Etymology
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perm (n.)

in hairdressing, 1927, a shortened form of permanent wave (1909; see permanent). The verb is recorded by 1928. Related: Permed.

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hairdresser (n.)

also hair-dresser, 1770, from hair + dresser. Related: Hairdressing (1771).

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highlight (v.)

1861, "to give high lights to" (a painting, engraving, etc.), from highlight (n.). Figurative sense of "give prominence to, emphasize" is by 1944. Hairdressing sense is 1942. Related: Highlighted; highlighting.

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highlight (n.)

1650s, originally of paintings, "the brightest part of a subject," from high (adj.) + light (n.). High lights came also to mean the lighter and brighter paints and colors used in making pictures (as opposed to  middle tints and shade tints), and the terminology carried over into photography and engraving. The figurative sense of "outstanding feature or characteristic" is by 1855 (as highlights give effect to a picture) but was not common before c. 1920. Hairdressing sense is 1941. Related: Highlights.

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tease (v.)

formerly also teaze, Old English tæsan "pluck, pull, tear; pull apart, comb" (fibers of wool, flax, etc.), from Proto-Germanic *taisijan (source also of Danish tæse, Middle Dutch tesen, Dutch tezen "to draw, pull, scratch," Old High German zeisan "to tease, pick wool").

The original sense is of running thorns through wool or flax to separate, shred, or card the fibers. The figurative sense of "vex, worry, annoy" (sometimes done in good humor) emerged 1610s. For similar sense development, compare heckle. Hairdressing sense is recorded from 1957. Related: Teased; teasing; teasingly.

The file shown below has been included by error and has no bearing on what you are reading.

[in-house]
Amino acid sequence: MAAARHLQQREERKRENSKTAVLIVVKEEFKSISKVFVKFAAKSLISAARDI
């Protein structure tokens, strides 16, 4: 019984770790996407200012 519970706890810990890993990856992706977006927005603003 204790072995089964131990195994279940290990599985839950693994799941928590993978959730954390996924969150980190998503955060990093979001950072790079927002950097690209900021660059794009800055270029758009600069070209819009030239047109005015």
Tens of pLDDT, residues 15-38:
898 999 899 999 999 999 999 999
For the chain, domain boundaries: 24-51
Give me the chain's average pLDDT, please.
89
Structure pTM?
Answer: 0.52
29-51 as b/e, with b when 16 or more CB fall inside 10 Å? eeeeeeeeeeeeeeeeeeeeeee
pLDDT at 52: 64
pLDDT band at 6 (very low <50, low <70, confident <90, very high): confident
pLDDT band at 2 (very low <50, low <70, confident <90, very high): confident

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salon (n.)

1690s, "large room or apartment in a palace or great house," from French salon "reception room" (17c.), from Italian salone "large hall," from sala "hall," from a Germanic source (compare Old English sele, Middle English salle, Old Norse salr "hall," Old High German sal "hall, house," German Saal), from Proto-Germanic *salaz.

This is reconstructed to be from a PIE *sel- (1) "human settlement" (source also of Old Church Slavonic selo "courtyard, village," obsolete Polish siolo, Russian selo "village," Lithuanian sala "village."

The sense of "reception room of a Parisian lady" is by 1810 (the woman who hosts one is a salonnière). The meaning "gathering of fashionable people" is by 1888; the meaning "annual exhibition of contemporary paintings and sculpture in Paris" (1875) is from its originally being held in one of the salons of the Louvre, from a secondary sense of the French word, "spacious or elegant apartment for reception of company or artistic exhibitions." Meaning "establishment for hairdressing and beauty care" is by 1913.

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